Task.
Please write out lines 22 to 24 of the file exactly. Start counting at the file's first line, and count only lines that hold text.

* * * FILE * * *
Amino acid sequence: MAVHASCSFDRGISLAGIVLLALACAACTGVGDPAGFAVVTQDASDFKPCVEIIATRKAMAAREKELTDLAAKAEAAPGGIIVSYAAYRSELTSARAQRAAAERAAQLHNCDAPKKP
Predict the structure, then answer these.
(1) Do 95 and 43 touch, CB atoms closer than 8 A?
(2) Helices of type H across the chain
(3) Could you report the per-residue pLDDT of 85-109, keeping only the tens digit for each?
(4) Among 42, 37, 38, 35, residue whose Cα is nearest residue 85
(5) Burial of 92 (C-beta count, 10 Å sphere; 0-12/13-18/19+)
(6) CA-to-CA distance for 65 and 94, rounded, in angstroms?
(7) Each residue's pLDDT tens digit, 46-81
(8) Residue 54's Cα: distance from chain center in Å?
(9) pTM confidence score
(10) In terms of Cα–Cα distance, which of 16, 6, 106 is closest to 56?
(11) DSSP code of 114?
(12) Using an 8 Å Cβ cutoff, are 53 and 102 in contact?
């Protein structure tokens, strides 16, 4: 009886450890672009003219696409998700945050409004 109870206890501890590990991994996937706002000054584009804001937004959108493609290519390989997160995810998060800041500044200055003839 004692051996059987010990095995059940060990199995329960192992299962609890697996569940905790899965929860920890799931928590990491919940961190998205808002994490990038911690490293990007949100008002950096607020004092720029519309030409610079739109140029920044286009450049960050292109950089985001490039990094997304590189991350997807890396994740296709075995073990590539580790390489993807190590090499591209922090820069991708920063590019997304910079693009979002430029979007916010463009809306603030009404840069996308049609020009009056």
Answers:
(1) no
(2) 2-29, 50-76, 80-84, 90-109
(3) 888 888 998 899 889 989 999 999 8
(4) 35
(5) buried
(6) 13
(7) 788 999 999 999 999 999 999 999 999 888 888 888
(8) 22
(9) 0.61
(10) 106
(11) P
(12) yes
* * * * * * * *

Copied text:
(6) 13
(7) 788 999 999 999 999 999 999 999 999 888 888 888
(8) 22